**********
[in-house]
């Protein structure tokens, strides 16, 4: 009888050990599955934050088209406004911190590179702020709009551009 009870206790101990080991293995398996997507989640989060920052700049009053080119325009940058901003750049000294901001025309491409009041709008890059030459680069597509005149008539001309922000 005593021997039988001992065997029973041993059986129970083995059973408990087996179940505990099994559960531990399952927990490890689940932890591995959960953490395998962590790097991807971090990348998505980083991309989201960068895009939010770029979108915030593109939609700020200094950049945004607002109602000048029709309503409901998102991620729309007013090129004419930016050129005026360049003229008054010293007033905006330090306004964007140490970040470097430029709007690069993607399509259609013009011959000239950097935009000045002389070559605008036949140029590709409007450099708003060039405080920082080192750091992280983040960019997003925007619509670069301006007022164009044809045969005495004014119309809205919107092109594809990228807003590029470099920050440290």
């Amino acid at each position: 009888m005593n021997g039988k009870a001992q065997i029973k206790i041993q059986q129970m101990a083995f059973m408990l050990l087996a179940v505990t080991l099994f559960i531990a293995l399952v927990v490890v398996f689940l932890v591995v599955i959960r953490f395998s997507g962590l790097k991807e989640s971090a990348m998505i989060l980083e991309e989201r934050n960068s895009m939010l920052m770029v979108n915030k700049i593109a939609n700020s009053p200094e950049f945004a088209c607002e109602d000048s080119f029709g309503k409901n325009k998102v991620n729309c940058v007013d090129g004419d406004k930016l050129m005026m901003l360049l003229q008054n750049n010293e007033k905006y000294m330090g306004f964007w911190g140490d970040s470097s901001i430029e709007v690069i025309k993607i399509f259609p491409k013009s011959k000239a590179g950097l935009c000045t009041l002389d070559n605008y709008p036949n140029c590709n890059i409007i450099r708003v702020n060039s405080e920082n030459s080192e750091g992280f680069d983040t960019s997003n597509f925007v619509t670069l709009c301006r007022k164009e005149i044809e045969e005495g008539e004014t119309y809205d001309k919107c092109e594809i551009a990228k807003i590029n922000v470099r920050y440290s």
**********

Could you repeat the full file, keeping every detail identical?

[in-house]
């Protein structure tokens, strides 16, 4: 009888050990599955934050088209406004911190590179702020709009551009 009870206790101990080991293995398996997507989640989060920052700049009053080119325009940058901003750049000294901001025309491409009041709008890059030459680069597509005149008539001309922000 005593021997039988001992065997029973041993059986129970083995059973408990087996179940505990099994559960531990399952927990490890689940932890591995959960953490395998962590790097991807971090990348998505980083991309989201960068895009939010770029979108915030593109939609700020200094950049945004607002109602000048029709309503409901998102991620729309007013090129004419930016050129005026360049003229008054010293007033905006330090306004964007140490970040470097430029709007690069993607399509259609013009011959000239950097935009000045002389070559605008036949140029590709409007450099708003060039405080920082080192750091992280983040960019997003925007619509670069301006007022164009044809045969005495004014119309809205919107092109594809990228807003590029470099920050440290």
């Amino acid at each position: 009888m005593n021997g039988k009870a001992q065997i029973k206790i041993q059986q129970m101990a083995f059973m408990l050990l087996a179940v505990t080991l099994f559960i531990a293995l399952v927990v490890v398996f689940l932890v591995v599955i959960r953490f395998s997507g962590l790097k991807e989640s971090a990348m998505i989060l980083e991309e989201r934050n960068s895009m939010l920052m770029v979108n915030k700049i593109a939609n700020s009053p200094e950049f945004a088209c607002e109602d000048s080119f029709g309503k409901n325009k998102v991620n729309c940058v007013d090129g004419d406004k930016l050129m005026m901003l360049l003229q008054n750049n010293e007033k905006y000294m330090g306004f964007w911190g140490d970040s470097s901001i430029e709007v690069i025309k993607i399509f259609p491409k013009s011959k000239a590179g950097l935009c000045t009041l002389d070559n605008y709008p036949n140029c590709n890059i409007i450099r708003v702020n060039s405080e920082n030459s080192e750091g992280f680069d983040t960019s997003n597509f925007v619509t670069l709009c301006r007022k164009e005149i044809e045969e005495g008539e004014t119309y809205d001309k919107c092109e594809i551009a990228k807003i590029n922000v470099r920050y440290s």